For book reviews, please format the book citation at the beginning of your review as follows:

Author last name, first name, Book Title, Publisher, date of publication, number of pages (# pp), price, (hardback or soft cover), ISBN number.

Haraway, Donna, When Species Meet, University of Minnesota Press, 2008, 423 pp, $24.95 (pbk), ISBN 978-0-8166-5046-0.

For film/media reviews, please format the film citation at the beginning of your review using the following example:

Shugendō Now. Directed by Jean-Marc Abela. Produced by Mark P. McGuire. Montréal: Empower Productions, 2009, 88 minutes. Japanese with narration. English, French, and Spanish subtitles and narration. Individual use C$20; Public/Educational use C$150. Free copies for review, upon request.  

Manuscript Structure and Submission Process

  • Manuscripts submitted to ASIANetwork Exchange should not have been published elsewhere and should not be under review for publication elsewhere.
  • Manuscripts and images should be submitted electronically through the ASIANetwork Exchange online management system. You must register as an author on our website in order to submit articles and reviews. Inquiries may be directed to the Editors at
  • Electronic text should use MS Word-compatible software; include a PDF file if using non-standard characters. Low-resolution images and illustrations are acceptable for the review process; all images, tables and figures should include titles or captions. Please note that in the event of publication, the author is responsible for acquiring high-resolution images (300 dpi; .jpg), along with permission to publish them.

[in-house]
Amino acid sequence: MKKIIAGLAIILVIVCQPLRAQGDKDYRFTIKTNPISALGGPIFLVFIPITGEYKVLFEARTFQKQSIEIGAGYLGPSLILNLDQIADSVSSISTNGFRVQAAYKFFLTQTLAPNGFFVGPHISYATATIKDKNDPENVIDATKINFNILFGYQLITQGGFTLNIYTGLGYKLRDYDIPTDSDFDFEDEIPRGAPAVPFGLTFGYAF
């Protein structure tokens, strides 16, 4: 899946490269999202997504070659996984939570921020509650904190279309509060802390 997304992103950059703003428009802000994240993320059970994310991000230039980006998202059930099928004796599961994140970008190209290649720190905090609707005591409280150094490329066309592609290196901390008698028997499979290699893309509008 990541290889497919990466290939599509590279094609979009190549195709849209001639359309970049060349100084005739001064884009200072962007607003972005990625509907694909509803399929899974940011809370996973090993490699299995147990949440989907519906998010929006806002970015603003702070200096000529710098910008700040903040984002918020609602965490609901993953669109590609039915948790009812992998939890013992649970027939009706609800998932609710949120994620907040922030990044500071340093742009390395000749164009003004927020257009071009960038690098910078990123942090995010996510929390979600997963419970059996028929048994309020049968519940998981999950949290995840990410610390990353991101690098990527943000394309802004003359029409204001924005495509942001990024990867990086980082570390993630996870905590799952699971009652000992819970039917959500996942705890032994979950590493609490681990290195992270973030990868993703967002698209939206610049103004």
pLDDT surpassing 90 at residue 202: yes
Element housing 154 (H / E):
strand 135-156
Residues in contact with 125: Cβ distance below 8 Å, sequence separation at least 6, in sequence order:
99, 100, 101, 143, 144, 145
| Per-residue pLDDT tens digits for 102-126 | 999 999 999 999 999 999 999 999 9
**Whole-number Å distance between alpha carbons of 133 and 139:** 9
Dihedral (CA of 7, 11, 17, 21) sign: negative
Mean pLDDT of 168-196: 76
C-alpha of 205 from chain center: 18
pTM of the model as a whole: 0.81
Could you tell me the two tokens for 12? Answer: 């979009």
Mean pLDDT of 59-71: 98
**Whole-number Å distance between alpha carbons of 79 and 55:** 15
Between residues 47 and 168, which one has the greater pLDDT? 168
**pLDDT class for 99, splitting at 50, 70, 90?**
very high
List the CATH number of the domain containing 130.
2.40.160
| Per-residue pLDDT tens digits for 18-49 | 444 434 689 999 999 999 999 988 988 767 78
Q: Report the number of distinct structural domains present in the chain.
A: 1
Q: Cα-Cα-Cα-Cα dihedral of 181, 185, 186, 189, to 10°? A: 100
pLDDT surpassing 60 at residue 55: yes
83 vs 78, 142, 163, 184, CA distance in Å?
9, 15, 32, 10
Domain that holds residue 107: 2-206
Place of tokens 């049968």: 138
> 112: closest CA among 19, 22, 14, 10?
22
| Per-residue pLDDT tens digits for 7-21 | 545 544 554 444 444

• Article manuscripts, including notes and references, should range between 3,000 and 6,000 words, and must include a 150 word abstract and 5-6 key words at the beginning of the document.
  • Authors’ names must be left off of the manuscript, as ASIANetwork Exchange engages in double-blind reviews.
  • Manuscripts must be double-spaced with 12-point type and 1 inch margins including extracts, notes, and references, and formatted for letter-size (8.5 x 11 in.) paper if possible.
  • Notes should be as few as possible and appear at the end of the text. Bibliographical information should be headed "References"
  • Please use the following Romanization: Chinese: Pinyin; Japanese: Hepburn; Korean: McCune

Articles in ASIANetwork Exchange represent neither the views of ASIANetwork nor those of the ASIANetwork Exchange editors. The Editors are responsible for the final selection of content of ASIANetwork Exchange and reserve the right to reject any material deemed inappropriate for publication. Responsibility for opinions expressed and the accuracy of facts published in articles and reviews rests solely with the individual authors.